Chancellor's Recent Speeches
Board of Governors, California Community Colleges
Good morning, and thank you for asking me to join you.
As you know, the relationship between the California State University and the California Community Colleges is critically important. The more opportunities we have to meet and talk, the better our relationship will be.
The two main ideas I want to discuss today are these:
First, the importance of the transfer process:
In today's economy, California's employers are increasingly looking for workers with a baccalaureate degree. Currently, our state does not have a particularly high rate of bachelor's degree production per population. One of the keys to solving that problem is to smooth out the transfer process between community colleges and our state's four-year universities.
At the CSU, the transfer process is especially important. We rely on transfer much more than any other system in the country. We give the highest priority admission to transfer students -- in fact, our policy is to admit all eligible community college transfer students. We enroll 2 transfer students for every new first-time student.
Currently at the CSU, 70 percent of our undergraduate students are in the upper division (many of whom are transfers) and 30 percent are in the lower division. This ratio significantly exceeds the 60/40 split specified in the Master Plan.
Thus, we have a special responsibility to make our transfer process as strong as it possibly can be -- for the benefit of the students.
So -- what can we do to improve the CSU/community college relationship?
We have done a lot of work on articulation in general education, especially compared to some other states. The problem is, we rely on it so much that it needs to be perfect. Anything less than a seamless process will negatively affect students.
We cannot have each of the 107 community colleges and the 23 CSU's developing unique bilateral agreements. 107 x 23 equals 2,461 possible agreements. If we're going to be serious about articulation, we need a systemwide approach.
Tackling this problem will require steps by each of our systems, and steps we can take together.
I want to start by challenging the community colleges to establish a dedicated, transfer-only degree -- an A.A. degree like other states have. Without such a degree, there's not even a way to know which students are on the transfer track. In fact, some students come to us with more than 80 or 90 hours instead of 60.
I am challenging the CSU to establish common requirements across the system or on a regional basis for courses required for the major. As you know, transfer students who go to a different university than they had originally planned are at a big disadvantage. Those students can often lose up to a semester or more of credits.
We are now working to line up common sets of lower division requirements for each program major. Of course, community college faculty also need to be involved in this process.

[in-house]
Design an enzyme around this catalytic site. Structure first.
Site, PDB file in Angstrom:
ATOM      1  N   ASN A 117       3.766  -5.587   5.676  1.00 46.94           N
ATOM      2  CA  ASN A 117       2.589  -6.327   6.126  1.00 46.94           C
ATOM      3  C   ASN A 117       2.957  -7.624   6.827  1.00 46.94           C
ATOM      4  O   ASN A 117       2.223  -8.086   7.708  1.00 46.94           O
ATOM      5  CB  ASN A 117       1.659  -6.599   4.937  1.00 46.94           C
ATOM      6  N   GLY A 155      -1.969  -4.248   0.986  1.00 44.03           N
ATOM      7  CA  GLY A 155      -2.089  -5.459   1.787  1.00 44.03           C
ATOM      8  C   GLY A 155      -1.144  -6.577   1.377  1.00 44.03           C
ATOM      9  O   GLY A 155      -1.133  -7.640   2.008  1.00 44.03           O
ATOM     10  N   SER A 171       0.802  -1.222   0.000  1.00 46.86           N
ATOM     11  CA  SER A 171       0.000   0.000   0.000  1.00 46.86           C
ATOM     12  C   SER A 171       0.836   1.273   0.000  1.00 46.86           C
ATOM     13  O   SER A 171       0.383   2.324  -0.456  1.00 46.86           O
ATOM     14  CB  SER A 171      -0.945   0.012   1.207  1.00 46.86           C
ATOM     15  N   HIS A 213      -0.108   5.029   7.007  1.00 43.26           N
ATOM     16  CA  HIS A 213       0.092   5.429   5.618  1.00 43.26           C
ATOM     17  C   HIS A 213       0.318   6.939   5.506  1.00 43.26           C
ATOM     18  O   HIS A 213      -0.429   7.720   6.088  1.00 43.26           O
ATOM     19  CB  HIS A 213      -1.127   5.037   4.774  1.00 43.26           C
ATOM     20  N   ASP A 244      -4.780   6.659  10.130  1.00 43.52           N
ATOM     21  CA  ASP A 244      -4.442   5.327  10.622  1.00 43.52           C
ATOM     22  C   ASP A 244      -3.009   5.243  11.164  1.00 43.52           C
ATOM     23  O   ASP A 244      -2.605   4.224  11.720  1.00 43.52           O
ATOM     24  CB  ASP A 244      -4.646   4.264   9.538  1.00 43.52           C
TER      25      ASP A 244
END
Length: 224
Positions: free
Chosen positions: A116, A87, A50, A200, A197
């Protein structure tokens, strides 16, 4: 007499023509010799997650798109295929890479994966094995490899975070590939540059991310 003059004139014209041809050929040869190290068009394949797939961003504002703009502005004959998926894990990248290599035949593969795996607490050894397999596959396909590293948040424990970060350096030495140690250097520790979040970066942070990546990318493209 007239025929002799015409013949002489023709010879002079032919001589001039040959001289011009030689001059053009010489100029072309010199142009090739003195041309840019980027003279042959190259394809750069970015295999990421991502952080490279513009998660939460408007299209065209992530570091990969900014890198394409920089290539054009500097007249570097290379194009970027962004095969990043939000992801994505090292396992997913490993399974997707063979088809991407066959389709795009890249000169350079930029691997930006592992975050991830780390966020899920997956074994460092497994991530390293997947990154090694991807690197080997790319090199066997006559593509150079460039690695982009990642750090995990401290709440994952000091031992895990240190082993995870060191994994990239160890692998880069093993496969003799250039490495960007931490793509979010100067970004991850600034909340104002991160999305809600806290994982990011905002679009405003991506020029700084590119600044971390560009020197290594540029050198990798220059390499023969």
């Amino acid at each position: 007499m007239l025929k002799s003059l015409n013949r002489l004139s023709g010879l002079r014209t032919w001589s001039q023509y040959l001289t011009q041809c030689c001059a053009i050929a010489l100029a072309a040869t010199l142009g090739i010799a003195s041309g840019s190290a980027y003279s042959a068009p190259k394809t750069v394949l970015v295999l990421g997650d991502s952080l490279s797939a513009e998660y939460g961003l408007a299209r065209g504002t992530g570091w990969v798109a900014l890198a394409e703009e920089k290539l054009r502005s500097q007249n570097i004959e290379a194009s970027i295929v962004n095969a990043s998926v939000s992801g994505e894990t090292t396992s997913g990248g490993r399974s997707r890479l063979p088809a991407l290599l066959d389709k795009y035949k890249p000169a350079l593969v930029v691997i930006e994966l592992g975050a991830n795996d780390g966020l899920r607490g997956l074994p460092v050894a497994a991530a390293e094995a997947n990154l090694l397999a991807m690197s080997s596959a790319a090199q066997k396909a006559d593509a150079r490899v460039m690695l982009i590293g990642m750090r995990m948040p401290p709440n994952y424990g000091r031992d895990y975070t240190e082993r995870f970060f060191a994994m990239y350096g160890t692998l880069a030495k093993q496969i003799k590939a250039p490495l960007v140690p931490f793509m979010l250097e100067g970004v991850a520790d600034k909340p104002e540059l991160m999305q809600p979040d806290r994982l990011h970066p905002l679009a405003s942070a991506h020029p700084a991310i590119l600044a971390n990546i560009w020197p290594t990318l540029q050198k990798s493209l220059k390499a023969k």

Last, I have some challenges for projects that the community colleges and the CSU can undertake together.
For example, we need to look at dual enrollment programs. Students who qualify for CSU freshmen admission -- but who instead choose to attend a community college -- should be granted dual admission and treated as our first-time freshmen. For example, we should carefully study the dual-admission program set up between CSU Stanislaus and its local community colleges.
Another project we can undertake together is to make more cooperative use of facilities and programs. Our students' geographical access to 4-year institutions is low compared to the rest of the country. In our state, there are not nearly enough 4-year institutions to meet the needs of our population. Many California students go to a community college because they have to stay close to home -- but then we expect them to travel to a distant 4-year campus.
One way to bring the full 4-year experience to these students is to put our upper-division programs on site at community colleges to help students who may otherwise be unable to travel. We're planning for this in San Diego, and we're doing it at Saddleback College -- but we need to do it more.
I also would like to see our systems work together more intensively on teacher preparation. As you know, we urgently need more teachers in California. Right now we have 6 units of teacher preparation at the lower division. But we are creating more blended programs that offer early exposure to teacher preparation. As we create more of these programs, we need to explore increasing the number of units of teacher preparation at the lower level.
On a final note, I want to mention that we have signed a Memorandum of Understanding between the California Community Colleges and the California State University.
The agreement addresses several of the points I have discussed -- steps that both systems can take, such as:
Improving the transfer process
In the Memorandum of Understanding, the CSU has pledged to enroll all fully qualified California Community College students seeking admission to the CSU. The California Community Colleges have pledged to increase the number of fully qualified upper division transfer students by at least 5 percent per year.
Once again, I know that this is just one of many opportunities we will have to work together in the future.
In the next 10 years, I hope that we can challenge ourselves -- and each other -- to improve the transfer relationship between the community colleges and the CSU. I look forward to building a relationship between our systems that will grow stronger -- and help more students -- each year.
Thank you very much for including me in your discussion.